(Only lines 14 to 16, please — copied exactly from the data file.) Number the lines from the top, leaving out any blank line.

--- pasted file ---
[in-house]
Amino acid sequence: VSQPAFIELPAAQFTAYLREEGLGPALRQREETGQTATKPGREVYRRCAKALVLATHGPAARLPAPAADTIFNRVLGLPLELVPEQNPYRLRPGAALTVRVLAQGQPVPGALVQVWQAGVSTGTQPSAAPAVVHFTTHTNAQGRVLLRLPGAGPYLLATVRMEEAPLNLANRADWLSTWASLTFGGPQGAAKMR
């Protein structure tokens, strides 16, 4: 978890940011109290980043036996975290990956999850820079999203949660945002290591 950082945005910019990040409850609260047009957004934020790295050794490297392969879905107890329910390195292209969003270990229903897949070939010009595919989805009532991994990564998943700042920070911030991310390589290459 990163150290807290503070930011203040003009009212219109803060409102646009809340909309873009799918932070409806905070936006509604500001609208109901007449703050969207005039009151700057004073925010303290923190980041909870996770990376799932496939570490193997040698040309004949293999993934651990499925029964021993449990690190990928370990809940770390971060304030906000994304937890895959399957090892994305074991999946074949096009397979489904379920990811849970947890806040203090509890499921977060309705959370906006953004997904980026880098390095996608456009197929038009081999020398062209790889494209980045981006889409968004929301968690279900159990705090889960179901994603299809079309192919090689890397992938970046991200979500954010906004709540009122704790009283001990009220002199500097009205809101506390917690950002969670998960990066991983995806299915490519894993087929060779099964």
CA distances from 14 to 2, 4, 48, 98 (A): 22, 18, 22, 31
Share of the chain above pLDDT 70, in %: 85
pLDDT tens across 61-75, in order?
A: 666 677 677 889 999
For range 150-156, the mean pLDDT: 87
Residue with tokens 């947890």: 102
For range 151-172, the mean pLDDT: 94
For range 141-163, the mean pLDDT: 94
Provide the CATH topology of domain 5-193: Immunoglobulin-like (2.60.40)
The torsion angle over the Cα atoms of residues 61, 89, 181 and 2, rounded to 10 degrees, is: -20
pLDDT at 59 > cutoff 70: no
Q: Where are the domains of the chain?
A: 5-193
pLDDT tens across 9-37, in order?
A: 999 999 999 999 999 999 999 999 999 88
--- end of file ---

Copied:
pLDDT at 59 > cutoff 70: no
Q: Where are the domains of the chain?
A: 5-193